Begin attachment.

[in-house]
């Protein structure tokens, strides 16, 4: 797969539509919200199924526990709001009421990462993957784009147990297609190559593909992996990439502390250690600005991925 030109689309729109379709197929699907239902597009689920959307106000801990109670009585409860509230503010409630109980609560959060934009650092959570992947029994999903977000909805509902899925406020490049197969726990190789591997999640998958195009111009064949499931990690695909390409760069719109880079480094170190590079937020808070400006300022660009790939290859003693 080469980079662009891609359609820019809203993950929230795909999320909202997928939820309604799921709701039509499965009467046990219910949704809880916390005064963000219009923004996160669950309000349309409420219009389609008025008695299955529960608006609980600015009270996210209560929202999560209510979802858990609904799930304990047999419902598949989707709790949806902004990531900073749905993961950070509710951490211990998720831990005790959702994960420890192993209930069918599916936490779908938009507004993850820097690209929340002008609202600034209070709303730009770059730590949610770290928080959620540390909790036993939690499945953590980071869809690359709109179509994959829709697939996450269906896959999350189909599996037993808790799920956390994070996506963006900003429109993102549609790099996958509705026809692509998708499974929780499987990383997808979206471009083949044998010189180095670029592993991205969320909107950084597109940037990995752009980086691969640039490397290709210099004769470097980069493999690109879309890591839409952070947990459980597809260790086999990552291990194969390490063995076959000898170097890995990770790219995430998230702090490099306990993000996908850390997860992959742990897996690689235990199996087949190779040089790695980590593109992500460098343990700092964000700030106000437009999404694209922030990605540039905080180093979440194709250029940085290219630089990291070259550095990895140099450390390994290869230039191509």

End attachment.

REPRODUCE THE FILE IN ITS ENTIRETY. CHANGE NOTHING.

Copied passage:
[in-house]
């Protein structure tokens, strides 16, 4: 797969539509919200199924526990709001009421990462993957784009147990297609190559593909992996990439502390250690600005991925 030109689309729109379709197929699907239902597009689920959307106000801990109670009585409860509230503010409630109980609560959060934009650092959570992947029994999903977000909805509902899925406020490049197969726990190789591997999640998958195009111009064949499931990690695909390409760069719109880079480094170190590079937020808070400006300022660009790939290859003693 080469980079662009891609359609820019809203993950929230795909999320909202997928939820309604799921709701039509499965009467046990219910949704809880916390005064963000219009923004996160669950309000349309409420219009389609008025008695299955529960608006609980600015009270996210209560929202999560209510979802858990609904799930304990047999419902598949989707709790949806902004990531900073749905993961950070509710951490211990998720831990005790959702994960420890192993209930069918599916936490779908938009507004993850820097690209929340002008609202600034209070709303730009770059730590949610770290928080959620540390909790036993939690499945953590980071869809690359709109179509994959829709697939996450269906896959999350189909599996037993808790799920956390994070996506963006900003429109993102549609790099996958509705026809692509998708499974929780499987990383997808979206471009083949044998010189180095670029592993991205969320909107950084597109940037990995752009980086691969640039490397290709210099004769470097980069493999690109879309890591839409952070947990459980597809260790086999990552291990194969390490063995076959000898170097890995990770790219995430998230702090490099306990993000996908850390997860992959742990897996690689235990199996087949190779040089790695980590593109992500460098343990700092964000700030106000437009999404694209922030990605540039905080180093979440194709250029940085290219630089990291070259550095990895140099450390390994290869230039191509």